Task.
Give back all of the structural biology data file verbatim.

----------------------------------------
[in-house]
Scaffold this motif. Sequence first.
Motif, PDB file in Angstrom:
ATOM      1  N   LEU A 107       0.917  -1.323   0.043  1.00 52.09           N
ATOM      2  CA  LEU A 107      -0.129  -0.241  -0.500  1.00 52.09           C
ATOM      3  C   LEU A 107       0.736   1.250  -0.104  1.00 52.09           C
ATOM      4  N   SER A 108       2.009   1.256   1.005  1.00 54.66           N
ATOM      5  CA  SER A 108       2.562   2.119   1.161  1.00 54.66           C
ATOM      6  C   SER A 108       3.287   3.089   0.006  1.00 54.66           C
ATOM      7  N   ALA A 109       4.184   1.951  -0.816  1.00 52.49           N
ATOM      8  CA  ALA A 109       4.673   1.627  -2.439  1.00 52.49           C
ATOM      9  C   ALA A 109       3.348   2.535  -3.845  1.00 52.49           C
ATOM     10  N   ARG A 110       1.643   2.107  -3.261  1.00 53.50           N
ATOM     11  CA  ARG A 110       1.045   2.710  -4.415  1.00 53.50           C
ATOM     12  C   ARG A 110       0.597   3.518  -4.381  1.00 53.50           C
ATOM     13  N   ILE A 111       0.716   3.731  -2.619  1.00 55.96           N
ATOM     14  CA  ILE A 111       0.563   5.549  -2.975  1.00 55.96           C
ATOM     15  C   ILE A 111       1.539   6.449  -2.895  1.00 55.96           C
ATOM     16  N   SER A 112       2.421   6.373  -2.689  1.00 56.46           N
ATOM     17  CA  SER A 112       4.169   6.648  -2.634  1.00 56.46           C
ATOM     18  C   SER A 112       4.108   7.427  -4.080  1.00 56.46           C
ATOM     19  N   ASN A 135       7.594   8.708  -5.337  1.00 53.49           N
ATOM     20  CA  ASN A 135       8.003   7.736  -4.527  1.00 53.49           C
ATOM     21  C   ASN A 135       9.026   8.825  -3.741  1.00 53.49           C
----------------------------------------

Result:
[in-house]
Scaffold this motif. Sequence first.
Motif, PDB file in Angstrom:
ATOM      1  N   LEU A 107       0.917  -1.323   0.043  1.00 52.09           N
ATOM      2  CA  LEU A 107      -0.129  -0.241  -0.500  1.00 52.09           C
ATOM      3  C   LEU A 107       0.736   1.250  -0.104  1.00 52.09           C
ATOM      4  N   SER A 108       2.009   1.256   1.005  1.00 54.66           N
ATOM      5  CA  SER A 108       2.562   2.119   1.161  1.00 54.66           C
ATOM      6  C   SER A 108       3.287   3.089   0.006  1.00 54.66           C
ATOM      7  N   ALA A 109       4.184   1.951  -0.816  1.00 52.49           N
ATOM      8  CA  ALA A 109       4.673   1.627  -2.439  1.00 52.49           C
ATOM      9  C   ALA A 109       3.348   2.535  -3.845  1.00 52.49           C
ATOM     10  N   ARG A 110       1.643   2.107  -3.261  1.00 53.50           N
ATOM     11  CA  ARG A 110       1.045   2.710  -4.415  1.00 53.50           C
ATOM     12  C   ARG A 110       0.597   3.518  -4.381  1.00 53.50           C
ATOM     13  N   ILE A 111       0.716   3.731  -2.619  1.00 55.96           N
ATOM     14  CA  ILE A 111       0.563   5.549  -2.975  1.00 55.96           C
ATOM     15  C   ILE A 111       1.539   6.449  -2.895  1.00 55.96           C
ATOM     16  N   SER A 112       2.421   6.373  -2.689  1.00 56.46           N
ATOM     17  CA  SER A 112       4.169   6.648  -2.634  1.00 56.46           C
ATOM     18  C   SER A 112       4.108   7.427  -4.080  1.00 56.46           C
ATOM     19  N   ASN A 135       7.594   8.708  -5.337  1.00 53.49           N
ATOM     20  CA  ASN A 135       8.003   7.736  -4.527  1.00 53.49           C
ATOM     21  C   ASN A 135       9.026   8.825  -3.741  1.00 53.49           C